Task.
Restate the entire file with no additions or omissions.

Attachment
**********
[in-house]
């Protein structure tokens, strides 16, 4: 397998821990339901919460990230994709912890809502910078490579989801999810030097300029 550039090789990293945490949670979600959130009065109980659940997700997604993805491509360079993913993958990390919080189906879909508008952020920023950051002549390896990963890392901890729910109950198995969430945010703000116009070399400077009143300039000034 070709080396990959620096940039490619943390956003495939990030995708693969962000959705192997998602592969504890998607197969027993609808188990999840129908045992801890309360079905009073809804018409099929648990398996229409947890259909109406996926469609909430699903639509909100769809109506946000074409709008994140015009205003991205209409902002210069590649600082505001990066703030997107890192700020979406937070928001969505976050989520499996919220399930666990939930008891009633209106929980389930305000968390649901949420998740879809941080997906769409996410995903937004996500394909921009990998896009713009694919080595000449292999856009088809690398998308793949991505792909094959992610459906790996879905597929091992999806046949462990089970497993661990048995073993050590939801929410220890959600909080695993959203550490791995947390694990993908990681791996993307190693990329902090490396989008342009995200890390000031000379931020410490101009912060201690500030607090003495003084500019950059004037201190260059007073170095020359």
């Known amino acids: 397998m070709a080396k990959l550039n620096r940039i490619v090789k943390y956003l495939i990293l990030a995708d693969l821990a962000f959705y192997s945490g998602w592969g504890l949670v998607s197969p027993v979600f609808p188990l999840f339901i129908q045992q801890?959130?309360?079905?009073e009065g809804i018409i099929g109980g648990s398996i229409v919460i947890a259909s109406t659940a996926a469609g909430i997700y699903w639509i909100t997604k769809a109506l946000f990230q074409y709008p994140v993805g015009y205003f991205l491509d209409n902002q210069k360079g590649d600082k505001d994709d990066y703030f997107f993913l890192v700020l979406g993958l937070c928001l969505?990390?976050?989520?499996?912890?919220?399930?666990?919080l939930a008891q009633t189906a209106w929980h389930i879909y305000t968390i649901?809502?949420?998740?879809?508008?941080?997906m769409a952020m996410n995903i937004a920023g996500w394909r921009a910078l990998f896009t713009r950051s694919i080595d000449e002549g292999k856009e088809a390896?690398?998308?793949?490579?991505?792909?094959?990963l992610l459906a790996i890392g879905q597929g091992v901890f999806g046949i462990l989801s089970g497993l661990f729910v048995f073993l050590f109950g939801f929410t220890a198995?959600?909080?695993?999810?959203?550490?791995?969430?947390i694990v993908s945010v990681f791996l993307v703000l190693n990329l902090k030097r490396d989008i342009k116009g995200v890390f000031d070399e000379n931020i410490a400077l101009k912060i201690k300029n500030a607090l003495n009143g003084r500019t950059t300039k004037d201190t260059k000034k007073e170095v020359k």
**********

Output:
[in-house]
């Protein structure tokens, strides 16, 4: 397998821990339901919460990230994709912890809502910078490579989801999810030097300029 550039090789990293945490949670979600959130009065109980659940997700997604993805491509360079993913993958990390919080189906879909508008952020920023950051002549390896990963890392901890729910109950198995969430945010703000116009070399400077009143300039000034 070709080396990959620096940039490619943390956003495939990030995708693969962000959705192997998602592969504890998607197969027993609808188990999840129908045992801890309360079905009073809804018409099929648990398996229409947890259909109406996926469609909430699903639509909100769809109506946000074409709008994140015009205003991205209409902002210069590649600082505001990066703030997107890192700020979406937070928001969505976050989520499996919220399930666990939930008891009633209106929980389930305000968390649901949420998740879809941080997906769409996410995903937004996500394909921009990998896009713009694919080595000449292999856009088809690398998308793949991505792909094959992610459906790996879905597929091992999806046949462990089970497993661990048995073993050590939801929410220890959600909080695993959203550490791995947390694990993908990681791996993307190693990329902090490396989008342009995200890390000031000379931020410490101009912060201690500030607090003495003084500019950059004037201190260059007073170095020359």
């Known amino acids: 397998m070709a080396k990959l550039n620096r940039i490619v090789k943390y956003l495939i990293l990030a995708d693969l821990a962000f959705y192997s945490g998602w592969g504890l949670v998607s197969p027993v979600f609808p188990l999840f339901i129908q045992q801890?959130?309360?079905?009073e009065g809804i018409i099929g109980g648990s398996i229409v919460i947890a259909s109406t659940a996926a469609g909430i997700y699903w639509i909100t997604k769809a109506l946000f990230q074409y709008p994140v993805g015009y205003f991205l491509d209409n902002q210069k360079g590649d600082k505001d994709d990066y703030f997107f993913l890192v700020l979406g993958l937070c928001l969505?990390?976050?989520?499996?912890?919220?399930?666990?919080l939930a008891q009633t189906a209106w929980h389930i879909y305000t968390i649901?809502?949420?998740?879809?508008?941080?997906m769409a952020m996410n995903i937004a920023g996500w394909r921009a910078l990998f896009t713009r950051s694919i080595d000449e002549g292999k856009e088809a390896?690398?998308?793949?490579?991505?792909?094959?990963l992610l459906a790996i890392g879905q597929g091992v901890f999806g046949i462990l989801s089970g497993l661990f729910v048995f073993l050590f109950g939801f929410t220890a198995?959600?909080?695993?999810?959203?550490?791995?969430?947390i694990v993908s945010v990681f791996l993307v703000l190693n990329l902090k030097r490396d989008i342009k116009g995200v890390f000031d070399e000379n931020i410490a400077l101009k912060i201690k300029n500030a607090l003495n009143g003084r500019t950059t300039k004037d201190t260059k000034k007073e170095v020359k």